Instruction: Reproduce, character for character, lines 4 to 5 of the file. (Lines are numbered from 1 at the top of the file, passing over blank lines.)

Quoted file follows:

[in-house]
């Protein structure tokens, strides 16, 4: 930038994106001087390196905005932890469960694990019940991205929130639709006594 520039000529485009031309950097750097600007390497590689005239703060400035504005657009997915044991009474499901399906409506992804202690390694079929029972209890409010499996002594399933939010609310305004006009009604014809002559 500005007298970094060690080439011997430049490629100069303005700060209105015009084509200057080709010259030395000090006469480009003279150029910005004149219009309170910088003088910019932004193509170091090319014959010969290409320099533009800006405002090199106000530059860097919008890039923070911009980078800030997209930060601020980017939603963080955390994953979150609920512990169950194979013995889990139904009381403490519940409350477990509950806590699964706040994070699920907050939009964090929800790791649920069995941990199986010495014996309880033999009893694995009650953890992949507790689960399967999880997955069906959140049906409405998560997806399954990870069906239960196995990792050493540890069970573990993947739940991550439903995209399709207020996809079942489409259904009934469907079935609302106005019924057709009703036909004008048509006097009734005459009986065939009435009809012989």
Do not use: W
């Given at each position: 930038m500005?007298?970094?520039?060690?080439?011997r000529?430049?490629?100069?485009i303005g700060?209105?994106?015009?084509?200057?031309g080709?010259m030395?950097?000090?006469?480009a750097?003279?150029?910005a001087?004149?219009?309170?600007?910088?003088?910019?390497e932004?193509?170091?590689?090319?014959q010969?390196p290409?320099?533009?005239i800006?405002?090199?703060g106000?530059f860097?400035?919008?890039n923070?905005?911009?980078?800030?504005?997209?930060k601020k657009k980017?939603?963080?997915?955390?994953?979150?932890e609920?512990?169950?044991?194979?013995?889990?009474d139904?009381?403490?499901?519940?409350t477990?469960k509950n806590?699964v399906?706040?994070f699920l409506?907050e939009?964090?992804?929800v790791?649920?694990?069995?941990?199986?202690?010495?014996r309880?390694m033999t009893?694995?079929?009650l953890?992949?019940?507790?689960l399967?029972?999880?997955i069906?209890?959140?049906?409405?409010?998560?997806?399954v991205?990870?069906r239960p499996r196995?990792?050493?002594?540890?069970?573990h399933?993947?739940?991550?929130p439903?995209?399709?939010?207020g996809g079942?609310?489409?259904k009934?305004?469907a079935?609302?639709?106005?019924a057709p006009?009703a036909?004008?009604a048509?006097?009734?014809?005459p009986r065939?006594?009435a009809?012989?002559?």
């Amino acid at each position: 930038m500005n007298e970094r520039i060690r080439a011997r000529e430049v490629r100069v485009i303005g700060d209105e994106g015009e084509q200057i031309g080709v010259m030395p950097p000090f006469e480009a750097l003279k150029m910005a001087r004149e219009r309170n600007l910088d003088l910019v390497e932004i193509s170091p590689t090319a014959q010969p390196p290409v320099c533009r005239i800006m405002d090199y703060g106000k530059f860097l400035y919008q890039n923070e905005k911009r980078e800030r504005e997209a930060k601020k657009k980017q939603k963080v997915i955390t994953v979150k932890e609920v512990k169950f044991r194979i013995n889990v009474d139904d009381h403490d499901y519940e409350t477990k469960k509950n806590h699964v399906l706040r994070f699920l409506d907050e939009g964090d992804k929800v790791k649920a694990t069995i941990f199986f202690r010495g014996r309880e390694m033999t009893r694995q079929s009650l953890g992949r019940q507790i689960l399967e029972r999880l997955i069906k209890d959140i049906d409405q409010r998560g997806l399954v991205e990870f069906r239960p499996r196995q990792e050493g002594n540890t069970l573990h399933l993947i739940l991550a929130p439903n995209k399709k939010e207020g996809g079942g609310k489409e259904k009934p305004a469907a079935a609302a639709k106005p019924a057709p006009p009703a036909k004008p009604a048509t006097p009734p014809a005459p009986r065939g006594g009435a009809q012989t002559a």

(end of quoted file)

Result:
């Given at each position: 930038m500005?007298?970094?520039?060690?080439?011997r000529?430049?490629?100069?485009i303005g700060?209105?994106?015009?084509?200057?031309g080709?010259m030395?950097?000090?006469?480009a750097?003279?150029?910005a001087?004149?219009?309170?600007?910088?003088?910019?390497e932004?193509?170091?590689?090319?014959q010969?390196p290409?320099?533009?005239i800006?405002?090199?703060g106000?530059f860097?400035?919008?890039n923070?905005?911009?980078?800030?504005?997209?930060k601020k657009k980017?939603?963080?997915?955390?994953?979150?932890e609920?512990?169950?044991?194979?013995?889990?009474d139904?009381?403490?499901?519940?409350t477990?469960k509950n806590?699964v399906?706040?994070f699920l409506?907050e939009?964090?992804?929800v790791?649920?694990?069995?941990?199986?202690?010495?014996r309880?390694m033999t009893?694995?079929?009650l953890?992949?019940?507790?689960l399967?029972?999880?997955i069906?209890?959140?049906?409405?409010?998560?997806?399954v991205?990870?069906r239960p499996r196995?990792?050493?002594?540890?069970?573990h399933?993947?739940?991550?929130p439903?995209?399709?939010?207020g996809g079942?609310?489409?259904k009934?305004?469907a079935?609302?639709?106005?019924a057709p006009?009703a036909?004008?009604a048509?006097?009734?014809?005459p009986r065939?006594?009435a009809?012989?002559?």
């Amino acid at each position: 930038m500005n007298e970094r520039i060690r080439a011997r000529e430049v490629r100069v485009i303005g700060d209105e994106g015009e084509q200057i031309g080709v010259m030395p950097p000090f006469e480009a750097l003279k150029m910005a001087r004149e219009r309170n600007l910088d003088l910019v390497e932004i193509s170091p590689t090319a014959q010969p390196p290409v320099c533009r005239i800006m405002d090199y703060g106000k530059f860097l400035y919008q890039n923070e905005k911009r980078e800030r504005e997209a930060k601020k657009k980017q939603k963080v997915i955390t994953v979150k932890e609920v512990k169950f044991r194979i013995n889990v009474d139904d009381h403490d499901y519940e409350t477990k469960k509950n806590h699964v399906l706040r994070f699920l409506d907050e939009g964090d992804k929800v790791k649920a694990t069995i941990f199986f202690r010495g014996r309880e390694m033999t009893r694995q079929s009650l953890g992949r019940q507790i689960l399967e029972r999880l997955i069906k209890d959140i049906d409405q409010r998560g997806l399954v991205e990870f069906r239960p499996r196995q990792e050493g002594n540890t069970l573990h399933l993947i739940l991550a929130p439903n995209k399709k939010e207020g996809g079942g609310k489409e259904k009934p305004a469907a079935a609302a639709k106005p019924a057709p006009p009703a036909k004008p009604a048509t006097p009734p014809a005459p009986r065939g006594g009435a009809q012989t002559a």